Saturday, February 5, 2005

Drawn and Headquartered

Why, oh why, does anyone use the word "headquartered"? A business has headquarters. They are located in a specific city. They are not headquartered there.

This is how English works: "Headquarters" is a noun. It's a place. According to the Shorter Oxford English Dictionary, it was coined in the mid-1600s. "Headquarter" is a verb twisted out of that pleasant old noun just this last century.

But you don't hear people use that active form of the word often, do you? Why? Because it sounds bad. So why use a passive form of a verb that shouldn't even be one in the first place?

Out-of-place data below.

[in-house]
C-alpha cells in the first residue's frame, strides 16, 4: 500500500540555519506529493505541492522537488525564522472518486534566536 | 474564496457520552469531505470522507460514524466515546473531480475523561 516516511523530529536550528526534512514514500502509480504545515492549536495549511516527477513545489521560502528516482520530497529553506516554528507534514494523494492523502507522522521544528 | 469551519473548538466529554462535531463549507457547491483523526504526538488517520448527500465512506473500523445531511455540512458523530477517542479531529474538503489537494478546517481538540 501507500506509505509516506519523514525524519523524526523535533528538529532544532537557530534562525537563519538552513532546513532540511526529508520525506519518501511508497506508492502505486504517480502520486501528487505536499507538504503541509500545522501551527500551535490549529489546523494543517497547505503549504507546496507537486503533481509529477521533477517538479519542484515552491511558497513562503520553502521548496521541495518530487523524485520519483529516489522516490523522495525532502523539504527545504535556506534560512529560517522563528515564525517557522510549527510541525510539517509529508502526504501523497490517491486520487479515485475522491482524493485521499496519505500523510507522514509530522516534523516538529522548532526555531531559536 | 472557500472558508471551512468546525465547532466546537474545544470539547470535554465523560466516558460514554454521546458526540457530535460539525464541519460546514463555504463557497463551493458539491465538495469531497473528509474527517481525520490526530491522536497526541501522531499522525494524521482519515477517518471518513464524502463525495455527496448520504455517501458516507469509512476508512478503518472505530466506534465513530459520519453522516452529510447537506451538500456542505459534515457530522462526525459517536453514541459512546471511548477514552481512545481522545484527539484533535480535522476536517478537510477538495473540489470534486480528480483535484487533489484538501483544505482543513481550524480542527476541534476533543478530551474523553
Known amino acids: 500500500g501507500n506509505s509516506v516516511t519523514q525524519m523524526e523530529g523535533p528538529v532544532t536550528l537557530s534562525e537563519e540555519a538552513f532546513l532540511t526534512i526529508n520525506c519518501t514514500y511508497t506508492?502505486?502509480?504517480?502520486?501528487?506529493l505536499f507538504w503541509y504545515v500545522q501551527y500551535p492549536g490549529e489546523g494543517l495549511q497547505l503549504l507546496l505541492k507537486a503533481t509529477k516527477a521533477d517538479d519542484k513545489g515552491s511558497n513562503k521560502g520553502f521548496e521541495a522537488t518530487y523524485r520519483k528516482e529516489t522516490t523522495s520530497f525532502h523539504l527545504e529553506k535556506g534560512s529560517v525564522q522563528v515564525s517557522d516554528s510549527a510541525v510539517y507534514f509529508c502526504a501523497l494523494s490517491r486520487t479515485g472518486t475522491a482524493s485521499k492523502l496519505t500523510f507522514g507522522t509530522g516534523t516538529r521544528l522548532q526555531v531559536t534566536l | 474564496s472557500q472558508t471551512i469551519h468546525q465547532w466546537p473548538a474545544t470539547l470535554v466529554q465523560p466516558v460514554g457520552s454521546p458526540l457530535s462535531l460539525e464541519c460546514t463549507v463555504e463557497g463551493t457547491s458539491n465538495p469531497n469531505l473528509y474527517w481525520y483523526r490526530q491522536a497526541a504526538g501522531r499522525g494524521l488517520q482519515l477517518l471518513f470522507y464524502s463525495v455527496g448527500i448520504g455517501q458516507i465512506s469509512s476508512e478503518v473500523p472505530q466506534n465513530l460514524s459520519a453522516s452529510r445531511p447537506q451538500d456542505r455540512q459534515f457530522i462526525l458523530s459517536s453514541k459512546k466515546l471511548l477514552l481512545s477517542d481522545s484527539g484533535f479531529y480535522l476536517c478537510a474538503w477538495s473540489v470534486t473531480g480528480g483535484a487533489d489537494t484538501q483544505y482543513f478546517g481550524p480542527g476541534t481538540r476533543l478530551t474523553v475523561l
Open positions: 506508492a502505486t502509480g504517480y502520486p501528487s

I'm not being a fuddy-duddy. Honest. The verbed word sounds clunky. It doesn't save the writer any space. It brings up, at least to me, unpleasant associations with being drawn and quartered.

Just write, "The business has headquarters" in such and such, and all will be well. Trust me.